The rain eventually ended in our sleep, and with the morning sun out we dried our belongings, appreciating the opportunity to feel lighter and brighter. These would be our last nights on the river, and we were camped at Lake Alsek, which gives way to incredible views of perfectly pointed peaks and icebergs floating past our camp, illuminating in the evening hours of golden light.

On our final morning on the Alsek, we made our way to the take-out point, spotting bald eagles along the way and nearly unable to imagine what it would be like to not live out of a raft and a tent in the days and weeks to come.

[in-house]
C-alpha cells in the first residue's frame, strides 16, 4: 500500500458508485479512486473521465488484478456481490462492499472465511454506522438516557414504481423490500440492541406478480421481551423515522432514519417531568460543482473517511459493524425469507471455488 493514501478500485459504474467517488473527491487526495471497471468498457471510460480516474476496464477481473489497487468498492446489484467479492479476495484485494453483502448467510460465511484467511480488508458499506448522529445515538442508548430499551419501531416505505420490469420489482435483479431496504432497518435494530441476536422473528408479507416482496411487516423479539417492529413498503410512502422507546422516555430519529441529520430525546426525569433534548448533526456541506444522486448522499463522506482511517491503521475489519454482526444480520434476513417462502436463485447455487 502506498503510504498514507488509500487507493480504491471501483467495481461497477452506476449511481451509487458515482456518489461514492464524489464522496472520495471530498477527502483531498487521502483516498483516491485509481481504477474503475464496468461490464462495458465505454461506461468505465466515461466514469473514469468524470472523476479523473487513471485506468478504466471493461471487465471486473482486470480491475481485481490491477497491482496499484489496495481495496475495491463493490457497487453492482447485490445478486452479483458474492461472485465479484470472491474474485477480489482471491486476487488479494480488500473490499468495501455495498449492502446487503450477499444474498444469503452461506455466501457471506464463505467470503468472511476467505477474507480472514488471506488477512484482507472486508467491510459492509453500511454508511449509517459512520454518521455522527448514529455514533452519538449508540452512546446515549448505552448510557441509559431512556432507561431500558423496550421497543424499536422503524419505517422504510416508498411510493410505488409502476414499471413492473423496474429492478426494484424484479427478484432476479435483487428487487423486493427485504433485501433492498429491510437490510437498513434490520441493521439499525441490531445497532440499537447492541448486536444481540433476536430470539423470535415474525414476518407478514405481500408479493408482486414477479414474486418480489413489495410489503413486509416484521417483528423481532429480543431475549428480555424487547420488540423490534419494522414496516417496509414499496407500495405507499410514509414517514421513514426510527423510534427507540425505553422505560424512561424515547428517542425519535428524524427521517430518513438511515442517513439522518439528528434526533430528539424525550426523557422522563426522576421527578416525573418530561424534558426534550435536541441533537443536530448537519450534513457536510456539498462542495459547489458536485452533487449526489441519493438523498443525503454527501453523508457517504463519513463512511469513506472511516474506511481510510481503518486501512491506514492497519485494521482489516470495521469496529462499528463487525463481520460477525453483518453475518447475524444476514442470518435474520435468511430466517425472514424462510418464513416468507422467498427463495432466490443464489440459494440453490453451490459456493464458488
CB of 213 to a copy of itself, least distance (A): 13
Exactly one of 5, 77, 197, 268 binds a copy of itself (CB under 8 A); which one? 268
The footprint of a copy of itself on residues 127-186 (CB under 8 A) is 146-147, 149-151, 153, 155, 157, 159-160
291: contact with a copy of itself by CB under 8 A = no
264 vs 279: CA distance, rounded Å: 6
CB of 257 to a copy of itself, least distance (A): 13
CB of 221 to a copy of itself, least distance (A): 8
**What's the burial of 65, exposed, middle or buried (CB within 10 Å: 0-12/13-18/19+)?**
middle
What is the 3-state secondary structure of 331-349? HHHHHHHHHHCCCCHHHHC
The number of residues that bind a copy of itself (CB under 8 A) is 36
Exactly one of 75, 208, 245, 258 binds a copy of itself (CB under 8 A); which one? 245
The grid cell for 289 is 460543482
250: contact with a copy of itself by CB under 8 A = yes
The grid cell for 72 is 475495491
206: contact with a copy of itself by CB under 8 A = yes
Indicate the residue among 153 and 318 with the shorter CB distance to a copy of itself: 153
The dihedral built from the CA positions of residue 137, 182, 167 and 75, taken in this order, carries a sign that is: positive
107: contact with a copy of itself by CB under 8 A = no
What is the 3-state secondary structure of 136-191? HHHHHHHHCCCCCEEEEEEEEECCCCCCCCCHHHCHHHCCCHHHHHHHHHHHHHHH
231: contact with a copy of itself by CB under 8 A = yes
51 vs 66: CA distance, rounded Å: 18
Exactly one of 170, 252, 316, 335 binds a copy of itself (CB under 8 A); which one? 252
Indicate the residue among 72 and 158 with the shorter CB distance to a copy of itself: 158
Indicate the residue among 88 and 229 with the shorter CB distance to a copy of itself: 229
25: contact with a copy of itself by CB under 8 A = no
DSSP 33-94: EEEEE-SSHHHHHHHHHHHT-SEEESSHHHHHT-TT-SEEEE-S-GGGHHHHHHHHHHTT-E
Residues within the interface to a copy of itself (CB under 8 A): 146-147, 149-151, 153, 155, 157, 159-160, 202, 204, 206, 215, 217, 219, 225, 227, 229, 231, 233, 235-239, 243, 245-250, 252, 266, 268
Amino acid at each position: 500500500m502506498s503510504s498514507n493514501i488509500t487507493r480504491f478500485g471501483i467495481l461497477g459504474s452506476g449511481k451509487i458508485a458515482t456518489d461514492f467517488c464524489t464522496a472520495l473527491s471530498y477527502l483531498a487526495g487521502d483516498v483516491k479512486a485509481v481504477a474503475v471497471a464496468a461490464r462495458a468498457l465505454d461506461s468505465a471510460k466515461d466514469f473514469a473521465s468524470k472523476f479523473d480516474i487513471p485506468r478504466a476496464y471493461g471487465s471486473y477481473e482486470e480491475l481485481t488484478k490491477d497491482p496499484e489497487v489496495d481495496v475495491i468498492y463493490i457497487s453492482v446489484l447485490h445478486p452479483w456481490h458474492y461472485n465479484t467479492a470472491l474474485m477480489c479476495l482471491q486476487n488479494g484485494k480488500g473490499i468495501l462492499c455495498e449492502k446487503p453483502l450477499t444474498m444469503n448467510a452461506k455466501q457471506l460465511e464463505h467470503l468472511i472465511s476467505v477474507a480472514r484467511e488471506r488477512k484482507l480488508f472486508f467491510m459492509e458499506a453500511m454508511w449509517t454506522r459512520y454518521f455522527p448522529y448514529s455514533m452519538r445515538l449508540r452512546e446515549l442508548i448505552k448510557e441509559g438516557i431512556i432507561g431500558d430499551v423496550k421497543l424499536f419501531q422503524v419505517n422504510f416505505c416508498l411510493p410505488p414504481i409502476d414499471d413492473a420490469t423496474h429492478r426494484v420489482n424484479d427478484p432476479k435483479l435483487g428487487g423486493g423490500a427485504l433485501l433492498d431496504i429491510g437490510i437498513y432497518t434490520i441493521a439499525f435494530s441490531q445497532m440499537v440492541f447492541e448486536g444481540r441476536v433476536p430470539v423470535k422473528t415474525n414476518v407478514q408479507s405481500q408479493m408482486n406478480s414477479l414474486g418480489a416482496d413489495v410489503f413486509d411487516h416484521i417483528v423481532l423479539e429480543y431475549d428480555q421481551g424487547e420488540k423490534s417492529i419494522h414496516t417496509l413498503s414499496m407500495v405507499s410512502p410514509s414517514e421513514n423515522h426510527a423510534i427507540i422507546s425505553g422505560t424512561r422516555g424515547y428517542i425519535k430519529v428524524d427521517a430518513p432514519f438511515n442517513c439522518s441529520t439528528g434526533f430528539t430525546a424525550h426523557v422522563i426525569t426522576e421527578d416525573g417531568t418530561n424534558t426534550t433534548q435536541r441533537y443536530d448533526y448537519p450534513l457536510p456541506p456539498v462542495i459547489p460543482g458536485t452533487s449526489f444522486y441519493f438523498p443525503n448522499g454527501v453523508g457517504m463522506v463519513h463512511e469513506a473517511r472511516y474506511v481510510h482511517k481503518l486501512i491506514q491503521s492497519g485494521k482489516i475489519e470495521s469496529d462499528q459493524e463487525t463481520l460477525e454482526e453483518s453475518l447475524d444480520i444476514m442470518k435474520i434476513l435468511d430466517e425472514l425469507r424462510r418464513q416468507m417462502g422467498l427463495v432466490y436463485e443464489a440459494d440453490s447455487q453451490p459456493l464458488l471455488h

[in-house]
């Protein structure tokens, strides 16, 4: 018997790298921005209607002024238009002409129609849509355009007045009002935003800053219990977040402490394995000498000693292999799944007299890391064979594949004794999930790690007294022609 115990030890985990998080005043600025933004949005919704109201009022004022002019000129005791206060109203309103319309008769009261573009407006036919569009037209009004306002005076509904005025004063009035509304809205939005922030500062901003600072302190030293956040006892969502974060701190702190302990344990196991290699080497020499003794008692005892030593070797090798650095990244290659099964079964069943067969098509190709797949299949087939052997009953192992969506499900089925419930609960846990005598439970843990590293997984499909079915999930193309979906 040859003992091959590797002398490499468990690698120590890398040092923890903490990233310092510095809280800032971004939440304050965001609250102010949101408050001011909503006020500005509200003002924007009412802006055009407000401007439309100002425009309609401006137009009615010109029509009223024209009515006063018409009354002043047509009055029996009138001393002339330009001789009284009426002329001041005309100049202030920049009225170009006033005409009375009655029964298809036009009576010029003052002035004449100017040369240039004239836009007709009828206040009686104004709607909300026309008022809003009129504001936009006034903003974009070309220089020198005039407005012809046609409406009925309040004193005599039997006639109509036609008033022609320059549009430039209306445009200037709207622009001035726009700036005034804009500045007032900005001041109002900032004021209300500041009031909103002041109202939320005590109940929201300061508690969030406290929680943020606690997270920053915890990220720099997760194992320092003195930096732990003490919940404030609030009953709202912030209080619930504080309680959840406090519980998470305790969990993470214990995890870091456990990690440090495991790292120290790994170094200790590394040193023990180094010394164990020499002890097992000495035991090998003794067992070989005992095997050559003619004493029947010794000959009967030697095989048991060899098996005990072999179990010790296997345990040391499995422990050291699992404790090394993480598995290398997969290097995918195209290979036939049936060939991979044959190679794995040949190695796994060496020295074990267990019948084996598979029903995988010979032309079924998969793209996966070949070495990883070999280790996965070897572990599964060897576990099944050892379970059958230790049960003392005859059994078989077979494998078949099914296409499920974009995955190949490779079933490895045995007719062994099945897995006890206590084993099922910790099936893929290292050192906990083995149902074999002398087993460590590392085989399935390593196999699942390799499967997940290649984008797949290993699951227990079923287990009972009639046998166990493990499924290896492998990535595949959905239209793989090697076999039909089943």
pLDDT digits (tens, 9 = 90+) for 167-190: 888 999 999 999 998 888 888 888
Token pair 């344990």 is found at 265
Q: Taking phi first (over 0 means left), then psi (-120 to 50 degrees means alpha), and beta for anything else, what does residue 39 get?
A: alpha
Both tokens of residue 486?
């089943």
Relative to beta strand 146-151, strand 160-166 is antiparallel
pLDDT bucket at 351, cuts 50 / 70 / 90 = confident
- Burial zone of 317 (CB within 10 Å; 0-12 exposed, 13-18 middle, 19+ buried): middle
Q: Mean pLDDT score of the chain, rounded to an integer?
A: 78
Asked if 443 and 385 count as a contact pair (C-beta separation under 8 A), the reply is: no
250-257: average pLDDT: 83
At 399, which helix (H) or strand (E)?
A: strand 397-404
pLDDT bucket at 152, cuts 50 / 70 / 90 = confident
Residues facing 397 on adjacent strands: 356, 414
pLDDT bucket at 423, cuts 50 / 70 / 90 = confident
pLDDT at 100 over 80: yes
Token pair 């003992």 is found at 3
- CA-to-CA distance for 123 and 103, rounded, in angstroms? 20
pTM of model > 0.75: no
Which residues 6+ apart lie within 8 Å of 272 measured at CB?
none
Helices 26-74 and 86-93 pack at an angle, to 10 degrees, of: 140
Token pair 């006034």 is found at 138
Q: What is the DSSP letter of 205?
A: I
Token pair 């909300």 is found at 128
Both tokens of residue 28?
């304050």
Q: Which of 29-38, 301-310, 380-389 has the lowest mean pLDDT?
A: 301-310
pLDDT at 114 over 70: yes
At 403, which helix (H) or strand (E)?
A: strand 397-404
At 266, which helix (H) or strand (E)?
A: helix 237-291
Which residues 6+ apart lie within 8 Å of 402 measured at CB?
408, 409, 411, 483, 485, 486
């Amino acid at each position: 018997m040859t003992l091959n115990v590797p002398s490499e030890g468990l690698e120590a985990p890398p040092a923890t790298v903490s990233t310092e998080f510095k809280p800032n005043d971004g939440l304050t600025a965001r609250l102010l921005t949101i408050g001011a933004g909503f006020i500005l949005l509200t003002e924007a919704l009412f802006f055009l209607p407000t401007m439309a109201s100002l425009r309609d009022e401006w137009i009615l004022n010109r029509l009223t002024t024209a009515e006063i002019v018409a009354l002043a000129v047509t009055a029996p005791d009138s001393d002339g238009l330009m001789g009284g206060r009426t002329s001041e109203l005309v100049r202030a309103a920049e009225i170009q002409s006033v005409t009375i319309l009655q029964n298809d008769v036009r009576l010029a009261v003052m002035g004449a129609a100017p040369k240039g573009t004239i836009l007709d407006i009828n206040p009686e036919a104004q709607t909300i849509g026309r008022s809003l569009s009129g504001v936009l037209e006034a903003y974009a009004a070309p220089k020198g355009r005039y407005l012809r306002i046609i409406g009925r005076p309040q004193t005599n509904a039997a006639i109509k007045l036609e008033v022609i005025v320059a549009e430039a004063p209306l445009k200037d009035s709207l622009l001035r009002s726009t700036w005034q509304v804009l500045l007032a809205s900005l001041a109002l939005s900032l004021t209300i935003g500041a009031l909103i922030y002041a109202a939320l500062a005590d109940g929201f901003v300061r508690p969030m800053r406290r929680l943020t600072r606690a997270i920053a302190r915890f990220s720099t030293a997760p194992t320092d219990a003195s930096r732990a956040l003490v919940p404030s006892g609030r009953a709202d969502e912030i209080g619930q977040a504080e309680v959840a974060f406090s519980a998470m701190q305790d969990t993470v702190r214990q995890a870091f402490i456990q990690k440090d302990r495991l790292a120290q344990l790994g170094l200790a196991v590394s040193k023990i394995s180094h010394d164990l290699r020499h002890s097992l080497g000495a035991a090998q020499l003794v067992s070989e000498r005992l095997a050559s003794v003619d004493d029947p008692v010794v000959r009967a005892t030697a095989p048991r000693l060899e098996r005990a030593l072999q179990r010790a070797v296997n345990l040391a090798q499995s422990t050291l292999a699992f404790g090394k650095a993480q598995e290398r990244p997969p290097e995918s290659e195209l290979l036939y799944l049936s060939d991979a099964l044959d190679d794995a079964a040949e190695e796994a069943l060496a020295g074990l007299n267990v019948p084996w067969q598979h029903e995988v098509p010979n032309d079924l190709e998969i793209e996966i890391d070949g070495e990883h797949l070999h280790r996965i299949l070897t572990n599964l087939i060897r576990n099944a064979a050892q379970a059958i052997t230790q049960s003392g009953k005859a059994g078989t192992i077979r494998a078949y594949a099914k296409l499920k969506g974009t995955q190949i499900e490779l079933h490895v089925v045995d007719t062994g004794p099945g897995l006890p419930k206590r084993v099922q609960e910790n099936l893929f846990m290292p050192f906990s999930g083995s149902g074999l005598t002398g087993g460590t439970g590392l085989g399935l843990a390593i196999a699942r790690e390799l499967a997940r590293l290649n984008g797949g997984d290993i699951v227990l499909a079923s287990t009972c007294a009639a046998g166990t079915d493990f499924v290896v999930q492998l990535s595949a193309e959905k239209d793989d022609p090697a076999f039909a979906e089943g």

In so many ways, our guides were right about the Alsek sense of scale. But it wasn’t just the vastness of the river and all the wild that surrounds it. It was about the scale of the adventure and the way we moved through it--to know that this wild, life-changing experience wouldn’t have been possible if we didn’t do it together.

Click here to see our approximate stops along the Alsek, including camping and hiking spots.

Click here to see the guided trip on the Alsek I took through MT Sobek!

Published: July 20, 2018

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Laura Hughes

United States